We are eternally grateful to the brave and heroic healthcare workers, grocery shoppers, delivery people and others who are putting their lives on the line so that we can be cared for and fed. There cannot be enough shout-outs to those who are risking their own lives during these extraordinary times.

In order to help in some small way, we are trying to limit grocery deliveries. But we also know how important it is to so many families living on the edge to have any income coming in. So if you are receiving deliveries, please be generous with the people who are making them. Every little bit helps. For those lucky enough to have jobs that can be performed remotely and the incomes to go with it, be very generous.

So why Khichari? The most basic is comprised of a lentil, rice and some seasoning. Not only are these pantry staples for many, but it is loaded with nutrition for those who are following a vegetarian or vegan diet. While not a vegetarian, my husband and I often eat vegetarian or vegan meals. I came across this particular recipe recently and knew that I had everything on hand. Well almost. I didn’t happen to have the Thai chile or cauliflower. But I did have a butternut squash and a jalapeno pepper.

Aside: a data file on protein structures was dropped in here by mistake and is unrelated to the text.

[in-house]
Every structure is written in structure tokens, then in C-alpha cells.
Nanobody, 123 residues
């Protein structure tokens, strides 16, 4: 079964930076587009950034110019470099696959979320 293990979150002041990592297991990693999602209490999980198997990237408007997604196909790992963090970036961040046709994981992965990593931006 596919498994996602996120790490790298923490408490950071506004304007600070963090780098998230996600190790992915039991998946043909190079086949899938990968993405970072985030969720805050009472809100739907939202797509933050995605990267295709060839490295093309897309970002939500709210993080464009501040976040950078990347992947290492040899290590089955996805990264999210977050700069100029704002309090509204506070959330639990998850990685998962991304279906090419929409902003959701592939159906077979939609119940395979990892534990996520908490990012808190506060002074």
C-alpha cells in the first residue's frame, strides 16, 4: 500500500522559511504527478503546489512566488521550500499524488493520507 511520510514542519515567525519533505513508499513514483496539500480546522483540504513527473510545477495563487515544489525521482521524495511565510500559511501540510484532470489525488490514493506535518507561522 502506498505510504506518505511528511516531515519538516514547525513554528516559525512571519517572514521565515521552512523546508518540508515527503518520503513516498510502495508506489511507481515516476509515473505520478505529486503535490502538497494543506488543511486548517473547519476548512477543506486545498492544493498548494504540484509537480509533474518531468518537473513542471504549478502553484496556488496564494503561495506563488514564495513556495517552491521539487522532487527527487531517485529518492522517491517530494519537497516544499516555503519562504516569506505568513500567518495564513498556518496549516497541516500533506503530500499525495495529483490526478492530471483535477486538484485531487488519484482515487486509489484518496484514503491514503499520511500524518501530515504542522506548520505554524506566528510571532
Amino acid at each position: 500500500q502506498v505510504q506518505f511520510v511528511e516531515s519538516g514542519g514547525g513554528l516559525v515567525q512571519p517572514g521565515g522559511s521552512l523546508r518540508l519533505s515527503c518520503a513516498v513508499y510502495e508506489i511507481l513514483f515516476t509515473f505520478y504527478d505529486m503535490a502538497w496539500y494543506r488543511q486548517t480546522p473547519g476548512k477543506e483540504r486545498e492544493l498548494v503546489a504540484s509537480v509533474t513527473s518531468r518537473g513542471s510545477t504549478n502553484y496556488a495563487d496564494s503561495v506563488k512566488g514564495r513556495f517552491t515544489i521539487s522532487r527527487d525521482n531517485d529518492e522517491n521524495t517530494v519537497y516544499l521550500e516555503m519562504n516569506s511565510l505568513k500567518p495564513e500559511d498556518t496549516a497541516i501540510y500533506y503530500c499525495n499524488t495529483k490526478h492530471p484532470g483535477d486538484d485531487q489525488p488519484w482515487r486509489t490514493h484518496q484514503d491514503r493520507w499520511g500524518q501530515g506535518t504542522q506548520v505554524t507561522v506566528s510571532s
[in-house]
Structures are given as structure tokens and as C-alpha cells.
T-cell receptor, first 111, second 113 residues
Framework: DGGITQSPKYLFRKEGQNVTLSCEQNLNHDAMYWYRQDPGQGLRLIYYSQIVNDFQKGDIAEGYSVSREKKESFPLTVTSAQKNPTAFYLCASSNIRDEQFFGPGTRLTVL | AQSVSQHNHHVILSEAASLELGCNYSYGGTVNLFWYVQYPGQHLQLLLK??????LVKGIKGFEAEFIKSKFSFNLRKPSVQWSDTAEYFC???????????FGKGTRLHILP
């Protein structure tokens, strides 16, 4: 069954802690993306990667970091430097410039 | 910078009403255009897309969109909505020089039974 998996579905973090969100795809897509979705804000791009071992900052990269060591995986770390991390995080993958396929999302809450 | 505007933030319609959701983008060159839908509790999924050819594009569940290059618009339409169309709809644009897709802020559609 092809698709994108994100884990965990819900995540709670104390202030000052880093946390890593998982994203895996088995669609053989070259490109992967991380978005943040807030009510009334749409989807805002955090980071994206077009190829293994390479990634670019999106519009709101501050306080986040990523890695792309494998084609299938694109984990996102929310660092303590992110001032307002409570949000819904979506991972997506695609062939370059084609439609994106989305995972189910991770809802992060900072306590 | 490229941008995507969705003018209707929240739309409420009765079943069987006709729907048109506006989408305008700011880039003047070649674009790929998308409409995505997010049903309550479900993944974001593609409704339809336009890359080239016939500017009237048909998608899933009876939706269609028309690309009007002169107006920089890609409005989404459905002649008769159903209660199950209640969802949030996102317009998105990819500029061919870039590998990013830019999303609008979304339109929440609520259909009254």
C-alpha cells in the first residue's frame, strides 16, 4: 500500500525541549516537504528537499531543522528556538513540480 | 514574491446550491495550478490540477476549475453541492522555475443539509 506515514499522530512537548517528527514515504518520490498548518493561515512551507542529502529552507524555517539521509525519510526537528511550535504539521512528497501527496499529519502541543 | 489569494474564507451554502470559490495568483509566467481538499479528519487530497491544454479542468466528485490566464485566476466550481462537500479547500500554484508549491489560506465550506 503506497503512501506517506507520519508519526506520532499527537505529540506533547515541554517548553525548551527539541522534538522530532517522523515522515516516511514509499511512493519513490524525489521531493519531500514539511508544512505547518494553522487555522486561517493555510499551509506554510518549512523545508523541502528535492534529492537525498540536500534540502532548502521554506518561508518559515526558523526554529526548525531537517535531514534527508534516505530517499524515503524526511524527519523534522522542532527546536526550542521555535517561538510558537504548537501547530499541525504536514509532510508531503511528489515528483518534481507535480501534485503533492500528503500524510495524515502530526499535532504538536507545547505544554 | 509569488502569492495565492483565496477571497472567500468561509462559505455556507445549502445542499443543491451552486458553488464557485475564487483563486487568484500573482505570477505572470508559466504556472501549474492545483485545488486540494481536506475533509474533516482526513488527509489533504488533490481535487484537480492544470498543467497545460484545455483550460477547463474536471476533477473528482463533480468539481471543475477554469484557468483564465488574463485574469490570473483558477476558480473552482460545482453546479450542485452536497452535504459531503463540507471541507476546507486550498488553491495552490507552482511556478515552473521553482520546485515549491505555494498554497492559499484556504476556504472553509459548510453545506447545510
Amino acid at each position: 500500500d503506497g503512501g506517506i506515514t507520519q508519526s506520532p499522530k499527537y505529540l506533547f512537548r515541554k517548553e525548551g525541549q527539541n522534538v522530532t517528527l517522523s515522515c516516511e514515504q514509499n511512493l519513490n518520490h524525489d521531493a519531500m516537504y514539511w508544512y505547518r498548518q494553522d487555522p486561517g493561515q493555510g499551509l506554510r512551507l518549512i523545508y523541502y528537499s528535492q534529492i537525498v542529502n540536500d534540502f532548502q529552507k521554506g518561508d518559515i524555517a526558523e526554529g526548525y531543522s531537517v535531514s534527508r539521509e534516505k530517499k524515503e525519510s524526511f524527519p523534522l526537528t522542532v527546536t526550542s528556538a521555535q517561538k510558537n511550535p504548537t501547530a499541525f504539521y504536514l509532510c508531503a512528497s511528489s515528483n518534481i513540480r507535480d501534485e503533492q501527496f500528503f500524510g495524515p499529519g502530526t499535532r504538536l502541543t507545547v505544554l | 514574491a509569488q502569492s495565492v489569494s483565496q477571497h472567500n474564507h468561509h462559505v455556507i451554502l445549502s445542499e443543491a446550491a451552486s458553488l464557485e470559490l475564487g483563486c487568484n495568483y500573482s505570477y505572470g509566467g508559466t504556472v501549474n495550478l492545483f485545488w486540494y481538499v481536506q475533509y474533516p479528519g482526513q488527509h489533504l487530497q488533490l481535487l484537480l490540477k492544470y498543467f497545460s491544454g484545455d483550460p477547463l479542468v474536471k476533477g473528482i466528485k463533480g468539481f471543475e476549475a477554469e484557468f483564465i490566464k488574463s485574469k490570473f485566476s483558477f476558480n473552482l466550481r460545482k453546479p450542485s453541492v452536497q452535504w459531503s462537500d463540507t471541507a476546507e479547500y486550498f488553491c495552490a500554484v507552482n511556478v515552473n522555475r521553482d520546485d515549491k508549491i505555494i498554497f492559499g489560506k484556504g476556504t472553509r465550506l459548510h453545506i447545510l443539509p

I made up a simple raita (yogurt and cucumber) to eat alongside with some pita that I had in my freezer. If you are vegan, a chutney of some sort or some other vegetable dip would be appropriate. And if you don’t have either of those, this dish is comforting and delicious on its own.

I simply peeled, cubed and roasted my butternut squash with EVOO, salt and pepper at 425 degrees F. for about 20 minutes. And I added a cup of frozen peas to the end of the cooking time as much for color as anything else. What I am trying to say, is don’t stress if you are missing an ingredient or if you want to substitute something. I had mung dal in my pantry and curry leaves in my freezer. If you don’t, then double up on the split red lentil and just leave out the curry leaves. Maybe add some lemon or lime zest if you have it or a bit of asafoetida.